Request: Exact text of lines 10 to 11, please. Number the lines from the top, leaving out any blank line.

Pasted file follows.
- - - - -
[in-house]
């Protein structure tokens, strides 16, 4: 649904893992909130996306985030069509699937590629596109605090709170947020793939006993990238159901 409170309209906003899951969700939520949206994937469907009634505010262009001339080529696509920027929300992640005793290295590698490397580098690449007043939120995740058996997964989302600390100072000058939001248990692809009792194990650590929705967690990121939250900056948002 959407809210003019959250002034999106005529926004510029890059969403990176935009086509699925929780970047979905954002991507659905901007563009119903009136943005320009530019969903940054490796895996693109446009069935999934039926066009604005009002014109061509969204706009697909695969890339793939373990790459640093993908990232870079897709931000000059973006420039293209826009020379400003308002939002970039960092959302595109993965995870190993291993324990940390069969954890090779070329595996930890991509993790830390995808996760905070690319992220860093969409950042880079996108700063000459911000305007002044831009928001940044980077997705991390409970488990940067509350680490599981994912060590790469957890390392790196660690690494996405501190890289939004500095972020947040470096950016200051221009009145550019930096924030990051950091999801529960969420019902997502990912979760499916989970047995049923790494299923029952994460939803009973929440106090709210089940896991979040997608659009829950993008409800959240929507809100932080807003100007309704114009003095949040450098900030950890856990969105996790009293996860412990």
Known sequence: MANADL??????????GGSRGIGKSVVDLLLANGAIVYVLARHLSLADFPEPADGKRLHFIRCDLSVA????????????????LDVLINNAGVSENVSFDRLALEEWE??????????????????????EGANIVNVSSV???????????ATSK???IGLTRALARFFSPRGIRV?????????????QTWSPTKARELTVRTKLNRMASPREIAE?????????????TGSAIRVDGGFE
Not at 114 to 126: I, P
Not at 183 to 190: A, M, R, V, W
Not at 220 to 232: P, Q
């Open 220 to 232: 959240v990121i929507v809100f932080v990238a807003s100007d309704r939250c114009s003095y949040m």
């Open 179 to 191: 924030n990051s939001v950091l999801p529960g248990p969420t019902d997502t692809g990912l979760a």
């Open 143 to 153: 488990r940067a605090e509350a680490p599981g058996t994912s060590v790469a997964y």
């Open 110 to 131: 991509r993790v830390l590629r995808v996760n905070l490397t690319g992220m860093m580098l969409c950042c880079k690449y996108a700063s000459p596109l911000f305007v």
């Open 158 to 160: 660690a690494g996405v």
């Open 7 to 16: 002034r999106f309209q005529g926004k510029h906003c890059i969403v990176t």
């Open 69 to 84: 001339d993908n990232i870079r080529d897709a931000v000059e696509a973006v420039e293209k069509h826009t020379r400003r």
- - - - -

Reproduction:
């Open 110 to 131: 991509r993790v830390l590629r995808v996760n905070l490397t690319g992220m860093m580098l969409c950042c880079k690449y996108a700063s000459p596109l911000f305007v």
């Open 158 to 160: 660690a690494g996405v």